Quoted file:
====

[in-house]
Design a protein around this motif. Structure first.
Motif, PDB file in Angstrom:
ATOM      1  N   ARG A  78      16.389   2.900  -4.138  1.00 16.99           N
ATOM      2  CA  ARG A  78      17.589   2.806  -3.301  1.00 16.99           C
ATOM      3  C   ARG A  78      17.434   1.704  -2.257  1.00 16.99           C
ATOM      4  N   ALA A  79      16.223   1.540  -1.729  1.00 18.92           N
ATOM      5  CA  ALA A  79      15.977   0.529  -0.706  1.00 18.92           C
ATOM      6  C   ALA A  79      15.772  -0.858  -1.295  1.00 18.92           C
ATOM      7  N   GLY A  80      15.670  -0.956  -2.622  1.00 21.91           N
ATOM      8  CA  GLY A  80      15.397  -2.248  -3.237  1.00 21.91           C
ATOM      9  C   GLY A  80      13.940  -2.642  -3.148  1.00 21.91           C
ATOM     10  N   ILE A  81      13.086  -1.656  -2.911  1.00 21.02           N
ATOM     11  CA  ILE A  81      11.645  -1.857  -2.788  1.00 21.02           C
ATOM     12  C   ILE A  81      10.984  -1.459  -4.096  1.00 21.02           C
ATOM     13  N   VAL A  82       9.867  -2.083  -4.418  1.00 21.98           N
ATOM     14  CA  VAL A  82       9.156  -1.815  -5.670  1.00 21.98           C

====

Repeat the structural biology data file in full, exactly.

[in-house]
Design a protein around this motif. Structure first.
Motif, PDB file in Angstrom:
ATOM      1  N   ARG A  78      16.389   2.900  -4.138  1.00 16.99           N
ATOM      2  CA  ARG A  78      17.589   2.806  -3.301  1.00 16.99           C
ATOM      3  C   ARG A  78      17.434   1.704  -2.257  1.00 16.99           C
ATOM      4  N   ALA A  79      16.223   1.540  -1.729  1.00 18.92           N
ATOM      5  CA  ALA A  79      15.977   0.529  -0.706  1.00 18.92           C
ATOM      6  C   ALA A  79      15.772  -0.858  -1.295  1.00 18.92           C
ATOM      7  N   GLY A  80      15.670  -0.956  -2.622  1.00 21.91           N
ATOM      8  CA  GLY A  80      15.397  -2.248  -3.237  1.00 21.91           C
ATOM      9  C   GLY A  80      13.940  -2.642  -3.148  1.00 21.91           C
ATOM     10  N   ILE A  81      13.086  -1.656  -2.911  1.00 21.02           N
ATOM     11  CA  ILE A  81      11.645  -1.857  -2.788  1.00 21.02           C
ATOM     12  C   ILE A  81      10.984  -1.459  -4.096  1.00 21.02           C
ATOM     13  N   VAL A  82       9.867  -2.083  -4.418  1.00 21.98           N
ATOM     14  CA  VAL A  82       9.156  -1.815  -5.670  1.00 21.98           C